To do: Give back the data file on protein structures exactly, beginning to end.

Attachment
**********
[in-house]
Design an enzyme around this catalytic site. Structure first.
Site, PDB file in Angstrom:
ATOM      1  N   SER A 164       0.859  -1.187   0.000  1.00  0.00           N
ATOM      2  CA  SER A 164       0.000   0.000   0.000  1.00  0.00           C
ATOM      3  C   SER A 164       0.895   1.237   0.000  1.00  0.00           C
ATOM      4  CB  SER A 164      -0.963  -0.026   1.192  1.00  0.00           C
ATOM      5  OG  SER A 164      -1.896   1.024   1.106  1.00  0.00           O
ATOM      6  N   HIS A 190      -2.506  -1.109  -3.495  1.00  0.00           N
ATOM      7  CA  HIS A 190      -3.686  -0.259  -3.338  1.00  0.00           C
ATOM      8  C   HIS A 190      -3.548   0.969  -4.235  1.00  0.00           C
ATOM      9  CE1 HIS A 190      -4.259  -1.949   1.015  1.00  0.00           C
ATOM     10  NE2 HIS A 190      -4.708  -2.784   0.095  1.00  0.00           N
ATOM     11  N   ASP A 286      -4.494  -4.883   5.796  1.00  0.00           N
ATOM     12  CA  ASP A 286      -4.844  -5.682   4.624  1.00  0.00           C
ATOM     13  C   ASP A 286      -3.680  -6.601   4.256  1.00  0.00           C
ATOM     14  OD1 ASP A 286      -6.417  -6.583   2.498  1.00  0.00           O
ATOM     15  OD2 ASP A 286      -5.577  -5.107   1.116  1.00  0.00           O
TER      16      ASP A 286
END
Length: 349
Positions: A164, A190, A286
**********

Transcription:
[in-house]
Design an enzyme around this catalytic site. Structure first.
Site, PDB file in Angstrom:
ATOM      1  N   SER A 164       0.859  -1.187   0.000  1.00  0.00           N
ATOM      2  CA  SER A 164       0.000   0.000   0.000  1.00  0.00           C
ATOM      3  C   SER A 164       0.895   1.237   0.000  1.00  0.00           C
ATOM      4  CB  SER A 164      -0.963  -0.026   1.192  1.00  0.00           C
ATOM      5  OG  SER A 164      -1.896   1.024   1.106  1.00  0.00           O
ATOM      6  N   HIS A 190      -2.506  -1.109  -3.495  1.00  0.00           N
ATOM      7  CA  HIS A 190      -3.686  -0.259  -3.338  1.00  0.00           C
ATOM      8  C   HIS A 190      -3.548   0.969  -4.235  1.00  0.00           C
ATOM      9  CE1 HIS A 190      -4.259  -1.949   1.015  1.00  0.00           C
ATOM     10  NE2 HIS A 190      -4.708  -2.784   0.095  1.00  0.00           N
ATOM     11  N   ASP A 286      -4.494  -4.883   5.796  1.00  0.00           N
ATOM     12  CA  ASP A 286      -4.844  -5.682   4.624  1.00  0.00           C
ATOM     13  C   ASP A 286      -3.680  -6.601   4.256  1.00  0.00           C
ATOM     14  OD1 ASP A 286      -6.417  -6.583   2.498  1.00  0.00           O
ATOM     15  OD2 ASP A 286      -5.577  -5.107   1.116  1.00  0.00           O
TER      16      ASP A 286
END
Length: 349
Positions: A164, A190, A286